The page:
Mikael Granlund‘s career might be measured in just how much it never quite was.

When Granlund came up with the Wild in 2013, it was assumed that Mikko Koivu was only keeping the #1 center role warm for him. Here we are nearly seven years later, and Koivu is somehow still there while Granlund is now in yellow. The best laid plains of mice and men…

It could be argued whether Granlund ever really got a chance to take over as the top center in St. Paul. He certainly got looks under different coaches, but never serious run. and Granlund’s numbers certainly weren’t bad with the Wild, far from it. He had two 65+-point seasons and was on his way to another one before being traded last year. He had put together two 20+-goal seasons and again, before the trade to Nashville was on another one. They aren’t #1 center numbers, but they’re good. Equal or better than what Koivu was doing. It says something though when the team chooses Eric Staal and his walker over you.

Granlund also found most of his success on the wing, and when tried as the #1 center things just didn’t quite mesh. The Wild had that one, Dubnyk-inspired season that saw them almost win the division in 2017…and then go quietly out of things in the first round of the playoffs. Maybe that was the beginning of the end for the Wild, as Granlund never really took a playoff series by the neck.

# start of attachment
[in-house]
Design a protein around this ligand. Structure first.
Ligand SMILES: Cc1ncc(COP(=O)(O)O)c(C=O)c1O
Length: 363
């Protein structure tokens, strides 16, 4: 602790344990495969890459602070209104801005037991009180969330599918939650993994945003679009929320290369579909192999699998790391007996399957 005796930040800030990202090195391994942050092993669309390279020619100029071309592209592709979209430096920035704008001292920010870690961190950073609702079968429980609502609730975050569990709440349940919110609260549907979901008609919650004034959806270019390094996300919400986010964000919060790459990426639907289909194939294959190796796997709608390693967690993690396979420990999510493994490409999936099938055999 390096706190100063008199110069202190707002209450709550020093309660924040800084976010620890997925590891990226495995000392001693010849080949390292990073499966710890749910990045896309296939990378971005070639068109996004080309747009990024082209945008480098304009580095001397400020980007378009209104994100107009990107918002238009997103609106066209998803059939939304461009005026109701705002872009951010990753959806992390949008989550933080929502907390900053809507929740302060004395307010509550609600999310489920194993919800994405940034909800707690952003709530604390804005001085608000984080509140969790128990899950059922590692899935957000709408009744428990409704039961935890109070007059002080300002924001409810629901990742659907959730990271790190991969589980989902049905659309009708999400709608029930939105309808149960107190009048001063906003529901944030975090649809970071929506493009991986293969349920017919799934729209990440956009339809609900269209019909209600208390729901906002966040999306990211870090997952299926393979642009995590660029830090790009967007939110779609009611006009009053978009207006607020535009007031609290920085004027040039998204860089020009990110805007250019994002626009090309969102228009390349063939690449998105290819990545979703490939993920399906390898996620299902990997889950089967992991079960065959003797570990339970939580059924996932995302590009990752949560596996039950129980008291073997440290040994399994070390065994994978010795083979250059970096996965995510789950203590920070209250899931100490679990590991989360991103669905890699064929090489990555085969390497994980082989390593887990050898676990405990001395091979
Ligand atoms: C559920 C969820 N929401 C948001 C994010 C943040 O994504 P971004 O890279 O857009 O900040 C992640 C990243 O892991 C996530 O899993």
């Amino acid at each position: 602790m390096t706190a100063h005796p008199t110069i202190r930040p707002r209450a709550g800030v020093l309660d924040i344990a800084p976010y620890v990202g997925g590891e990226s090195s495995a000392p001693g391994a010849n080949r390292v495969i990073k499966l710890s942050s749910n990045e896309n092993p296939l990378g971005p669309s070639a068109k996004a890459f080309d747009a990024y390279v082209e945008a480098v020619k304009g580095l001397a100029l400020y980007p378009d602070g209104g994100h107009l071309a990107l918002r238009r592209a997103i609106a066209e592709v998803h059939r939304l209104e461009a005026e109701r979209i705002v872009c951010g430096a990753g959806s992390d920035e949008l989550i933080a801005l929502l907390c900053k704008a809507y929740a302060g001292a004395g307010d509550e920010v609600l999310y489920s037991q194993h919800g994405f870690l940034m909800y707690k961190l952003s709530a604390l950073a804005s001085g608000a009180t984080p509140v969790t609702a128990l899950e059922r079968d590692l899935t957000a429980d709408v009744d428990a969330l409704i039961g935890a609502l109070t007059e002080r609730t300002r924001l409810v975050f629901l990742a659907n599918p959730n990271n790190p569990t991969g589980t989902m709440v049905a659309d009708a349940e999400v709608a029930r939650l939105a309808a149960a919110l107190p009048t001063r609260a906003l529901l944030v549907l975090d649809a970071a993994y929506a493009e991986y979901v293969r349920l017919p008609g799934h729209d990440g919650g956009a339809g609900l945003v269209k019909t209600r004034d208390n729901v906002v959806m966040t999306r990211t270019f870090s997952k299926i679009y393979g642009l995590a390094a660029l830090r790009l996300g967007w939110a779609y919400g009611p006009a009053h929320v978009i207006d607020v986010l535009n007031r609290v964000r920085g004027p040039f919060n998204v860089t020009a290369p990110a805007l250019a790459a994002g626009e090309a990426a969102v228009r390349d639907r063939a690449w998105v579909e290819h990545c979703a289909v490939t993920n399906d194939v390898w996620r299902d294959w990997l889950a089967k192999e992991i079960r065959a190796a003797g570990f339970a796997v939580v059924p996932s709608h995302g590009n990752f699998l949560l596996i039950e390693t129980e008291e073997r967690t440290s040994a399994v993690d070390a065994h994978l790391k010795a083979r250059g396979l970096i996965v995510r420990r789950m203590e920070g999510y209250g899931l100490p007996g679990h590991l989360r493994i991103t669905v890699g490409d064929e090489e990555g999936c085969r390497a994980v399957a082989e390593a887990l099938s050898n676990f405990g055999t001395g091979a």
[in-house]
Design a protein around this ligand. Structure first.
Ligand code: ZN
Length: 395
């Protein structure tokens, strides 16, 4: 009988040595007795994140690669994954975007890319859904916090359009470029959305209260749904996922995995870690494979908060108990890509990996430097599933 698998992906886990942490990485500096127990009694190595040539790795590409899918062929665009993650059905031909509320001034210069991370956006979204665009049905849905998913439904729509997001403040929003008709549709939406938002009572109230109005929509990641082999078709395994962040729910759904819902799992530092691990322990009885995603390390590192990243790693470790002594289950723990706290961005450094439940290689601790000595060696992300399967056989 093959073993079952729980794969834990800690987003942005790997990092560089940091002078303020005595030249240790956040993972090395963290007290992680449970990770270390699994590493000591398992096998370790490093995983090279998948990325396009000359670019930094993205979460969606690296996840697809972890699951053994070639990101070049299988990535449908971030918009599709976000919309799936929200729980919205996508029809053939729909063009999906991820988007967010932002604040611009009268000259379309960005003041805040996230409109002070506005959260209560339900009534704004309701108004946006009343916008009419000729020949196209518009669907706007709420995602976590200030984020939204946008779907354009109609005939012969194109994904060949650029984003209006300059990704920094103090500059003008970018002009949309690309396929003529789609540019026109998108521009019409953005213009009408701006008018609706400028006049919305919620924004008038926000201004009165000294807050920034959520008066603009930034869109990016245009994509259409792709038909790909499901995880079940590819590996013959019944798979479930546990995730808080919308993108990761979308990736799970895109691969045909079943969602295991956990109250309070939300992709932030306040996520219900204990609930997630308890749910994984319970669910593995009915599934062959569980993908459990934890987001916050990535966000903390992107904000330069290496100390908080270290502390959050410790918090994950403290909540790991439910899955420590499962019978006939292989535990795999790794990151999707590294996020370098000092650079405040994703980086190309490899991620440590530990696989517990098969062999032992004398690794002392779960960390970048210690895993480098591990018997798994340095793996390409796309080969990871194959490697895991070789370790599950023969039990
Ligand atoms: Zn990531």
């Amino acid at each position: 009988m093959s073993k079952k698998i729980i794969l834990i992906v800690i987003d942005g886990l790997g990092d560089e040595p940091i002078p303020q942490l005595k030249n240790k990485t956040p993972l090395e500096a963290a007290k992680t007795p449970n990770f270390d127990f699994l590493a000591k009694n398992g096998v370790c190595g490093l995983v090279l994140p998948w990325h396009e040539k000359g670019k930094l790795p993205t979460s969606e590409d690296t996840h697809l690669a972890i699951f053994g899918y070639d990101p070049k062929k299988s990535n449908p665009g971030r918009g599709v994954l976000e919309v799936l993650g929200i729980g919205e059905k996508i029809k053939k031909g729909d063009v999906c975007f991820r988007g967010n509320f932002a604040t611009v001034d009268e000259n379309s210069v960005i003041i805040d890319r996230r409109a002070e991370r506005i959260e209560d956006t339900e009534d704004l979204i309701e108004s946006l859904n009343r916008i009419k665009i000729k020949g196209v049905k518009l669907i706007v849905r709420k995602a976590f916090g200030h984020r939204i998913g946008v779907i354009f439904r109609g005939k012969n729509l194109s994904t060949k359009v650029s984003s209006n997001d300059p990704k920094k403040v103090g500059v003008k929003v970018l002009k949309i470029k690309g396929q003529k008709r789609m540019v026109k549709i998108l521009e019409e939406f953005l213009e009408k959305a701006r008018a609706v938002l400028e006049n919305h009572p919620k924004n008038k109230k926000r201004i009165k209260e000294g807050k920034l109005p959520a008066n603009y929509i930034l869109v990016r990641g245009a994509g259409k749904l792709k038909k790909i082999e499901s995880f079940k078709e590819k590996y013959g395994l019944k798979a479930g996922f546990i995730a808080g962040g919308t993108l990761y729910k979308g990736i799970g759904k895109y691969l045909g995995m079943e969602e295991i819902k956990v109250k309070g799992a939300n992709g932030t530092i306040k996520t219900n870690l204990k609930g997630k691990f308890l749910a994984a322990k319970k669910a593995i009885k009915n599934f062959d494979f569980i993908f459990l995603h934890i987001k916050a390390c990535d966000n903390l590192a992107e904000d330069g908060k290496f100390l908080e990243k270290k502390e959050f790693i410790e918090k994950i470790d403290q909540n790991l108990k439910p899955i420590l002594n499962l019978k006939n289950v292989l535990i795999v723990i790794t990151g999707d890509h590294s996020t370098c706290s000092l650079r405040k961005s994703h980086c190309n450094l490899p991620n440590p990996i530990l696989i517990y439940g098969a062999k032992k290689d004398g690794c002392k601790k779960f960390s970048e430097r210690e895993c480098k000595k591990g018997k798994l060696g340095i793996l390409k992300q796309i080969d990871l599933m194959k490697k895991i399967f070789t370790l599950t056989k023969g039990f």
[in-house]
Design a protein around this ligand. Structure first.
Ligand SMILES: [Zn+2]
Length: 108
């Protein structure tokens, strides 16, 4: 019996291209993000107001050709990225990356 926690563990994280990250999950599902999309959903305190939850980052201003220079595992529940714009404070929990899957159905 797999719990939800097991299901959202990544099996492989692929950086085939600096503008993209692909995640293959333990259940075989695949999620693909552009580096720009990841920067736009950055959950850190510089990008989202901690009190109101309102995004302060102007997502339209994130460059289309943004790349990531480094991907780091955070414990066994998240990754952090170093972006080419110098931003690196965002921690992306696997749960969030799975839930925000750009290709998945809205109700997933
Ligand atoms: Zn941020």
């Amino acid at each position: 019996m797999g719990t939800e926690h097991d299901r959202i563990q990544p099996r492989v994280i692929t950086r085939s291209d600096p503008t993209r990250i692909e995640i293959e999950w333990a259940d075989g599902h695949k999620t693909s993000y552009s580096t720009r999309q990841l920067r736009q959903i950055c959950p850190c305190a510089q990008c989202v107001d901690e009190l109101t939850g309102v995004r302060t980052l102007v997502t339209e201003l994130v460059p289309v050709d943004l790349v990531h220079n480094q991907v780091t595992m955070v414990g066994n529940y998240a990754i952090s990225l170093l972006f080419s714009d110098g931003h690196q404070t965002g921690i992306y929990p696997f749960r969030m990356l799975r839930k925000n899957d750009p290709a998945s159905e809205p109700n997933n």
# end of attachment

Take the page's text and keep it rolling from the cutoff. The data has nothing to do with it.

Then again, how good were those Wild teams anyway? And we know the braintrust was smelling foul, because they moved Granlund possibly at the height of his value for Kevin Goddamn Fiala, who’s been a healthy scratch at times. Maybe the Wild just didn’t know what they had?

Harder to make that case, because surprisingly it hasn’t been wonderful yet for Granlund as a Predator. It made sense in theory; a fast, skilled player moving to a team that wanted to get up and down the ice a whole lot more than Bruce Boudreau could with the outfit he was provided in Minnehaha. But Granlund only managed five points in 16 games with the Preds last year, and is on the same total so far this year in 18 games. And you can’t say he hasn’t been given chances, because he’s exclusively been on the top six, centered by either Matt Duchene or Treat Boy.

Granlund has run into some rotten luck in Music City, it has to be said. He shot below 4% after his trade last season, and is only at 7.9% this year, which would be the lowest mark of his career since he became an NHL regular. Granlund’s attempts are the highest of his career as well, as are his individual expected goals per game. Perhaps he’s squeezing, trying to be too perfect with the shots and chances he’s getting. There could be a binge here soon, given what the metrics say.

Which will make it a hard call for Nashville either at the deadline or in the summer. Granlund will hit unrestricted free agency after the season, and at 28 it’ll probably be his only chance, or last chance, to ink a big contract. He won’t fit into the Preds’ long-term plans if they can’t unload Kyle Turris and his “yeah but who gives a shit?” production.

How big of a market there will be outside for Granlund is debatable. There’s always a home for a player with his skillset, but he’s also the type of player teams sign just to sign someone, to try and prove to anyone listening they’re trying, and then watch that player not move the needle a whole lot. He feels like another Gustav Nyquist. A fine addition to an already built team, a contributor, but he’s not going to pivot anyone’s fortunes.

Perhaps that’s the conclusion the Wild got to with him. The Preds might not be far behind.